Even if you recognize a bedding area from aerial photographs and deer sign, stay just outside of its boundary and place your camera on the fringe to pinpoint the most used route. Tracks, droppings and well-worn trails will give you a good idea of the trails local deer like the most, but the photographic evidence is irrefutable. You can increase interest to a trail camera site by adding in mineral supplements like Hunter’s Specialties Vita-Rack or Buck Natural, a specially blended corn with added grains to sucker deer into revealing themselves. Check your state laws first.

To eliminate daily treks to check your trail camera, arm it with the best batteries, a solar charger if necessary and a memory card offering maximum storage capabilities to store a month’s worth or more of deer activity. The fewer times you need to check the camera the better to avoid having deer pattern you instead of vice versa.


kayser2When you leave the truck, don’t forget to take your GPS. These gems have a multitude of uses for summer scouting and if you’re hunting remote public lands for Coues or mountain whitetails, they can provide quick notes to mark a hotspot.

You can store topographical maps of the region, the location of your trail cameras, the location of hot whitetail sign and eventually the location of your stands or blinds, particularly those deep in the woods. Most of us run into situations where public and private lands join and downloads, like those from Hunting GPS Maps, provide detailed land ownership information right on the GPS readout.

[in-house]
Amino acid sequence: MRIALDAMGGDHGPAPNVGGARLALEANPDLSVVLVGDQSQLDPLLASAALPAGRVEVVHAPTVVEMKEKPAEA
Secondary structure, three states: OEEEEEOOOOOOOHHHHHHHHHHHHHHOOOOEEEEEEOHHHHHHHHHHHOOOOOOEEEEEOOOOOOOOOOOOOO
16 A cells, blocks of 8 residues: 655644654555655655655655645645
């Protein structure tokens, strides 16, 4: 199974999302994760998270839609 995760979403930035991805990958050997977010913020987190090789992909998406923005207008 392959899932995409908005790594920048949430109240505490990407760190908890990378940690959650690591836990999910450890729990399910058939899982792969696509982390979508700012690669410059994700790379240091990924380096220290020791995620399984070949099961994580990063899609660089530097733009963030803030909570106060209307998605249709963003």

Finally, when hunting season arrives and you want to slip in undetected, your GPS can lead you directly to your ambush site. It saves you travel time and unnecessary stumbling when it’s critical to be unnoticed.


I’ll agree that not every setup I prepare in the summer pays off, but even those that don’t usually only require some slight alterations or movement to bring them back into the game.

Once your trail camera begins corroborating what’s been jotted on your aerial photograph, it’s time to establish a few treestands, ground blinds or vantage-point sites for the upcoming season. Why do the work now? It’s all about timing. Any intrusions into a buck’s domain now will hopefully be forgotten by the time deer season arrives. In many regions of the West, putting up a treestand or clearing a cedar-choked area for a blind requires laborious, sweat-generating work.

kayser1Summer allows you to view the landscape in its thickest wardrobe. With everything in full foliage you can clearly see the amount of trimming that needs to be undertaken for the cleanest shooting lanes and to leave the best stand cover. Besides cleaning out shooting lanes and adding, or subtracting backdrop to a treestand or ground blind location; take time to redirect deer right past your ambush site. Deer prefer to take the path of least resistance so give them what they want. Use a machete and whack out a winding path past your ambush site to provide deer a no-hassle, upwind travel route. I do this all the time in thick, cottonwood river bottoms.

A recent hunt proved that summer is indeed a time to skip a barbecue or two. In August, I set aside time to preview trail camera disks and clear a trail right below a steep bank that offered the perfect sniper perch. The trail clearing not only routed deer down the avenue, but provided clearer shooting lanes. The disk revealed several bucks were using the trail to visit a nearby hayfield from thick bedding cover along a riparian zone.

When season arrived it took me several days of surveillance to finally locate the mature buck I photographed in the summer and the preseason ambush site paid off shortly thereafter. The mature buck made a bad decision as he followed a hot doe through the exact shooting lane I had prepared months before. My Thompson Center, Nikon-topped rifle finished the hunt that started months before in the blazing heat of summer.

Western Whitetail